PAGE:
The provinces have their own courts system, with the High Court as the apex court, except insofar as where an appeal can go to the Supreme Court as mentioned above.
A Supreme Court of the United Kingdom was established with effect from 1 October 2009 by the Constitutional Reform Act 2005, and assumed the judicial functions of the House of Lords, which include final appellate jurisdiction in civil cases throughout the UK, and in criminal cases in Northern Ireland, England and Wales. In the United Kingdom, there are separate legislatures with limited devolved powers over Wales, Northern Ireland and Scotland: devolution issues under the Scotland Act 1998, Government of Wales Act and Northern Ireland Act were transferred from the Judicial Committee of the Privy Council to the new Supreme Court by the Constitutional Reform Act.
In respect of Community Law the Supreme Court is subject to the decisions of the European Court of Justice. Since there can be no appeal from the Supreme Court, there is an interlocutory procedure by which the Supreme Court may refer to the European Court questions of European law which arise in cases before it, and obtain a definitive ruling before the Supreme Court gives its judgment.
The Supreme Court shares its members and accommodation at the Middlesex Guildhall with the Judicial Committee of the Privy Council which hears final appeals from certain smaller Commonwealth realms and Colonies, admiralty cases, and certain appeals from the ecclesiastical courts and statutory private jurisdictions, such as professional and academic bodies.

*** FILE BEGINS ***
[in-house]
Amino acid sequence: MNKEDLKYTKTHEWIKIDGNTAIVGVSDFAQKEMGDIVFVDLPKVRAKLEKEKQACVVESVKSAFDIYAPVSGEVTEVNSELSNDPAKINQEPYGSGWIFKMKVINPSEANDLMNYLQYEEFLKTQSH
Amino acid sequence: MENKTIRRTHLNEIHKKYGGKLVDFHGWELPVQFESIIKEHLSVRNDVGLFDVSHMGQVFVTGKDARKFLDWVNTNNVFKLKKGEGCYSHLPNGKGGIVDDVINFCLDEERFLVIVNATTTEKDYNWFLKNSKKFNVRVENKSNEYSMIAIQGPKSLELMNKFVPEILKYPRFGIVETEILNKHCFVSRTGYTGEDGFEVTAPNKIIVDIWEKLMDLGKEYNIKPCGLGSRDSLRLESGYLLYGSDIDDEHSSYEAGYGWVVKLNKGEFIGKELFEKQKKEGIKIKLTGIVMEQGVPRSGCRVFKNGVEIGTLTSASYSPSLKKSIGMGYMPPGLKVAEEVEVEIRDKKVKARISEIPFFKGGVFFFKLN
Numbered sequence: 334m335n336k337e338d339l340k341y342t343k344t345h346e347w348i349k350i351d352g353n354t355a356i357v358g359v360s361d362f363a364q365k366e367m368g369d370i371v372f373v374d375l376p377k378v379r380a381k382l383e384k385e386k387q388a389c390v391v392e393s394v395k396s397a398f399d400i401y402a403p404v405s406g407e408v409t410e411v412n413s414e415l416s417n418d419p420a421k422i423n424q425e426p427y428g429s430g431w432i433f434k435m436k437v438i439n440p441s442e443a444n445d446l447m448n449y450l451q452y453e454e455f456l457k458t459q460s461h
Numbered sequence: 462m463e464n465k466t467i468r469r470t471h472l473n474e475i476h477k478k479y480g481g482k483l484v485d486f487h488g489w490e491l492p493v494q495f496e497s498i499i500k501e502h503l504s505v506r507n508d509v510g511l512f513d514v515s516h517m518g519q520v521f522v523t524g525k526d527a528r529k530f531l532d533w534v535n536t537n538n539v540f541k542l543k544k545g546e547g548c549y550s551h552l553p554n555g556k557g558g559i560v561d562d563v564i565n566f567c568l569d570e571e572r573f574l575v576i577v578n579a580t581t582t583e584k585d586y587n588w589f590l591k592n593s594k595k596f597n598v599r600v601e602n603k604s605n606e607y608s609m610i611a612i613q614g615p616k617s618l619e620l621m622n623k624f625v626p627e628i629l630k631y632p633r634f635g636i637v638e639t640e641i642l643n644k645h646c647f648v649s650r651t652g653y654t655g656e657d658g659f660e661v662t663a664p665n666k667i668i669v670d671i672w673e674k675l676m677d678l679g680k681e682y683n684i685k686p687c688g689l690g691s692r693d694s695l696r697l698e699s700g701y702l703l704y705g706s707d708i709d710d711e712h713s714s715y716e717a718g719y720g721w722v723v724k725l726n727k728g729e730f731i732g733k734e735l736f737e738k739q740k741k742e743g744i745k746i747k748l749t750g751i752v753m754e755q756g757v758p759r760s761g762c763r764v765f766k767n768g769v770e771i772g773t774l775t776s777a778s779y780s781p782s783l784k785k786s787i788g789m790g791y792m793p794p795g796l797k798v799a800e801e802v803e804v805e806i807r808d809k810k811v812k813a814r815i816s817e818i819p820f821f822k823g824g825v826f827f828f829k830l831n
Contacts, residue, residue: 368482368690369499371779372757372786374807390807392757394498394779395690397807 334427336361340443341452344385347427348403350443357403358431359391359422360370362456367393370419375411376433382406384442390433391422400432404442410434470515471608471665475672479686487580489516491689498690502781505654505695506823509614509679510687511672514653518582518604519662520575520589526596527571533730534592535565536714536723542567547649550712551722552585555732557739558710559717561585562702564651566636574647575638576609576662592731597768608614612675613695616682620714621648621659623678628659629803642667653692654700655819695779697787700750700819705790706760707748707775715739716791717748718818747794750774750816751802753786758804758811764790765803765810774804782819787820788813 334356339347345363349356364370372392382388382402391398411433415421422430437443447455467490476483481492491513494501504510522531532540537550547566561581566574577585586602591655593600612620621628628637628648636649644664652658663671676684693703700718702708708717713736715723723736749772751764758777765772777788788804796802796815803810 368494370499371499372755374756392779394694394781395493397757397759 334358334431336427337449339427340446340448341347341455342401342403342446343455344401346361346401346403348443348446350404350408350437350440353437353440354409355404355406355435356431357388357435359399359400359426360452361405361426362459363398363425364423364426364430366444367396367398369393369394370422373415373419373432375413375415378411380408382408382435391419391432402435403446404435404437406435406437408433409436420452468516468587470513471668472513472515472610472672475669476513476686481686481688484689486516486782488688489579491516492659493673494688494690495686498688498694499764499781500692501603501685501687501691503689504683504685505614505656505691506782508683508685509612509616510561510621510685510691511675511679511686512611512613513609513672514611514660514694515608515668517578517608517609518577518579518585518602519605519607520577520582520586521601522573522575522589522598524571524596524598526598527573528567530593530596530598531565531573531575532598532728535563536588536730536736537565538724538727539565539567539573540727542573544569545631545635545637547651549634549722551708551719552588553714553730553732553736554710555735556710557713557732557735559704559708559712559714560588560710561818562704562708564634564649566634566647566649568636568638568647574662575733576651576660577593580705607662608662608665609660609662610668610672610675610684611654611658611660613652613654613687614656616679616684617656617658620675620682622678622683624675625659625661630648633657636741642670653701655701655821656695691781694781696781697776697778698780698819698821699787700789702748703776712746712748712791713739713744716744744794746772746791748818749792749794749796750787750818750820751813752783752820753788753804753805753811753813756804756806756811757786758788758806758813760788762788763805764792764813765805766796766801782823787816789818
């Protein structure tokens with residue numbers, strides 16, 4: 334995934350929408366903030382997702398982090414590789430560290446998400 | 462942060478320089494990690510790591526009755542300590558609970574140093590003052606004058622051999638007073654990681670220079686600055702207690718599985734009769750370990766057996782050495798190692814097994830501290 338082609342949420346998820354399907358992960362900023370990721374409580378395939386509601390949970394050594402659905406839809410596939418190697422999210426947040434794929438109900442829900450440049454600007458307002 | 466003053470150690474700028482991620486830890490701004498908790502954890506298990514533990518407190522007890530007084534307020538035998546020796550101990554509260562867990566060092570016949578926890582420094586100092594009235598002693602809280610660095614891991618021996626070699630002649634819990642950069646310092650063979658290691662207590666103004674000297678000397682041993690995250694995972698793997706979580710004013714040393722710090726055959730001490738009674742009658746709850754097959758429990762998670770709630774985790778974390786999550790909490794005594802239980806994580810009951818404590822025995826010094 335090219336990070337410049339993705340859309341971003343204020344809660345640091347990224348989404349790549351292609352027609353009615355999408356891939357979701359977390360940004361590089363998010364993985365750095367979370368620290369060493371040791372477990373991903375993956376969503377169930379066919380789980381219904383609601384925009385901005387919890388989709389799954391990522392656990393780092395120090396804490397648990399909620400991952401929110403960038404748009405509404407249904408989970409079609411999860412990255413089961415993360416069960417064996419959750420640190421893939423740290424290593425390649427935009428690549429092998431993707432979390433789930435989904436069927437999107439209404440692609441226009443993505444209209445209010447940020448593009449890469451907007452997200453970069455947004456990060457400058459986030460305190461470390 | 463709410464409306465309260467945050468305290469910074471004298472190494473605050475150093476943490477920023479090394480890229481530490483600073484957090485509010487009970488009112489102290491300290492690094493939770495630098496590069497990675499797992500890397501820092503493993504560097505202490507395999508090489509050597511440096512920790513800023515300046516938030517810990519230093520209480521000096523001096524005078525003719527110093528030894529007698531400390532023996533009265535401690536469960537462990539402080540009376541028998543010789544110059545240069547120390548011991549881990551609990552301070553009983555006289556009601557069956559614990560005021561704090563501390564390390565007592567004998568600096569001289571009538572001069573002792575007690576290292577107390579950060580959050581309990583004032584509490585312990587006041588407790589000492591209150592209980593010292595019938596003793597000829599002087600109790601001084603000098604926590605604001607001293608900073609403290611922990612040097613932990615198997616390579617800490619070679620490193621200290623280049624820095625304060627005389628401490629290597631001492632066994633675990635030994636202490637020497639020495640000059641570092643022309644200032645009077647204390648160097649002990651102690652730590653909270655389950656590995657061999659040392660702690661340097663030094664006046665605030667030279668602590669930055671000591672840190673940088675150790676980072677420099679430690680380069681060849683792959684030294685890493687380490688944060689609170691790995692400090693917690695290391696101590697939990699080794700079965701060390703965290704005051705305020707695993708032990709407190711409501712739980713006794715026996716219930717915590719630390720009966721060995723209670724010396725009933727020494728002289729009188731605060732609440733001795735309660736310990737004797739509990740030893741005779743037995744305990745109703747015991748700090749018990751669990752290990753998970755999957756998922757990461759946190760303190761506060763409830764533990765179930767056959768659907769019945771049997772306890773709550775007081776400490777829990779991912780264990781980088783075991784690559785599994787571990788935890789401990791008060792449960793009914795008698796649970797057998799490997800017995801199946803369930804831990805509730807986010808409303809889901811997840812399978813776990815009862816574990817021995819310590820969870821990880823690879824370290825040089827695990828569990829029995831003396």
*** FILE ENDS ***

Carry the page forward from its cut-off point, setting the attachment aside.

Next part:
(The Constitutional Reform Act renamed the rarely cited Supreme Court of Judicature for England and Wales as the Senior Courts of England and Wales).
In the United States, the Supreme Court of the United States, established in 1789, is the highest Federal court in the country, with powers of judicial review first asserted in Calder v. Bull (1798) in Justice Iredell's dissenting opinion. The power was later given binding authority by Justice Marshall in Marbury v. Madison (1803). There are currently nine seats on the US Supreme Court.
Each U.S. state has a state supreme court, which is the highest authority interpreting that state's law and administering that state's judiciary. Two states, Oklahoma and Texas, each have two separate highest courts that respectively specialize in criminal cases and civil cases. Although Delaware has a specialized court, the Court of Chancery, to hear cases in equity, it is not a supreme court because the Delaware Supreme Court has appellate jurisdiction over it.
The titles of state supreme court vary, which can cause confusion between jurisdictions because one state may use a name for its highest court that another uses for a lower court. In New York, Maryland, and the District of Columbia the highest court is called the Court of Appeals, a name used by many states for their intermediate appellate courts. Further, trial courts of general jurisdiction in New York are called the Supreme Court, and the intermediate appellate court is called the Supreme Court, Appellate Division. In West Virginia, the highest court of the state is the Supreme Court of Appeals. In Maine and Massachusetts the highest court is styled the "Supreme Judicial Court"; the latter is the oldest appellate court of continuous operation in the Western hemisphere.